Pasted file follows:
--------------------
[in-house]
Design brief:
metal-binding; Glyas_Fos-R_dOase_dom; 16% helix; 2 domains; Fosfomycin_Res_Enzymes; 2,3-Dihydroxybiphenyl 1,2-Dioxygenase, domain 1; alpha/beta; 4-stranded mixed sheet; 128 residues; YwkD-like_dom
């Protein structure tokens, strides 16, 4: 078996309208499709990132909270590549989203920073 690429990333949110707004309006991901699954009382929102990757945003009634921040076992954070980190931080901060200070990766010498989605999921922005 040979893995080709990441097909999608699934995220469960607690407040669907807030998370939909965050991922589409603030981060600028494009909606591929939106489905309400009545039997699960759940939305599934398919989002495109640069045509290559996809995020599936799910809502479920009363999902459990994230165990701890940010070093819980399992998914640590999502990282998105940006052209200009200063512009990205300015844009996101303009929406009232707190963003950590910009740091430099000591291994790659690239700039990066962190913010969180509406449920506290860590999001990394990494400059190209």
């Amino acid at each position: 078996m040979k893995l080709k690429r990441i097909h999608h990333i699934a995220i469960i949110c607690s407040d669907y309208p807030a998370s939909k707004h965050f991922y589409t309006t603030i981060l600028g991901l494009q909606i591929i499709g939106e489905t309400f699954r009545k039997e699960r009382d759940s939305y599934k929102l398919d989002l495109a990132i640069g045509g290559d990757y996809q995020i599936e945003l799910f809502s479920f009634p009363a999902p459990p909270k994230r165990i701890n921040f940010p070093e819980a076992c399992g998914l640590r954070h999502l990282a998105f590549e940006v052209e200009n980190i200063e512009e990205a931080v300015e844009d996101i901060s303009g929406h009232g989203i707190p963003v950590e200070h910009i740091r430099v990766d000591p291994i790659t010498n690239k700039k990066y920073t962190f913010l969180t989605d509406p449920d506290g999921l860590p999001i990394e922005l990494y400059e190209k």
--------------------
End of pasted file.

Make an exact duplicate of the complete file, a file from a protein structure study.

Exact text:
[in-house]
Design brief:
metal-binding; Glyas_Fos-R_dOase_dom; 16% helix; 2 domains; Fosfomycin_Res_Enzymes; 2,3-Dihydroxybiphenyl 1,2-Dioxygenase, domain 1; alpha/beta; 4-stranded mixed sheet; 128 residues; YwkD-like_dom
């Protein structure tokens, strides 16, 4: 078996309208499709990132909270590549989203920073 690429990333949110707004309006991901699954009382929102990757945003009634921040076992954070980190931080901060200070990766010498989605999921922005 040979893995080709990441097909999608699934995220469960607690407040669907807030998370939909965050991922589409603030981060600028494009909606591929939106489905309400009545039997699960759940939305599934398919989002495109640069045509290559996809995020599936799910809502479920009363999902459990994230165990701890940010070093819980399992998914640590999502990282998105940006052209200009200063512009990205300015844009996101303009929406009232707190963003950590910009740091430099000591291994790659690239700039990066962190913010969180509406449920506290860590999001990394990494400059190209």
């Amino acid at each position: 078996m040979k893995l080709k690429r990441i097909h999608h990333i699934a995220i469960i949110c607690s407040d669907y309208p807030a998370s939909k707004h965050f991922y589409t309006t603030i981060l600028g991901l494009q909606i591929i499709g939106e489905t309400f699954r009545k039997e699960r009382d759940s939305y599934k929102l398919d989002l495109a990132i640069g045509g290559d990757y996809q995020i599936e945003l799910f809502s479920f009634p009363a999902p459990p909270k994230r165990i701890n921040f940010p070093e819980a076992c399992g998914l640590r954070h999502l990282a998105f590549e940006v052209e200009n980190i200063e512009e990205a931080v300015e844009d996101i901060s303009g929406h009232g989203i707190p963003v950590e200070h910009i740091r430099v990766d000591p291994i790659t010498n690239k700039k990066y920073t962190f913010l969180t989605d509406p449920d506290g999921l860590p999001i990394e922005l990494y400059e190209k």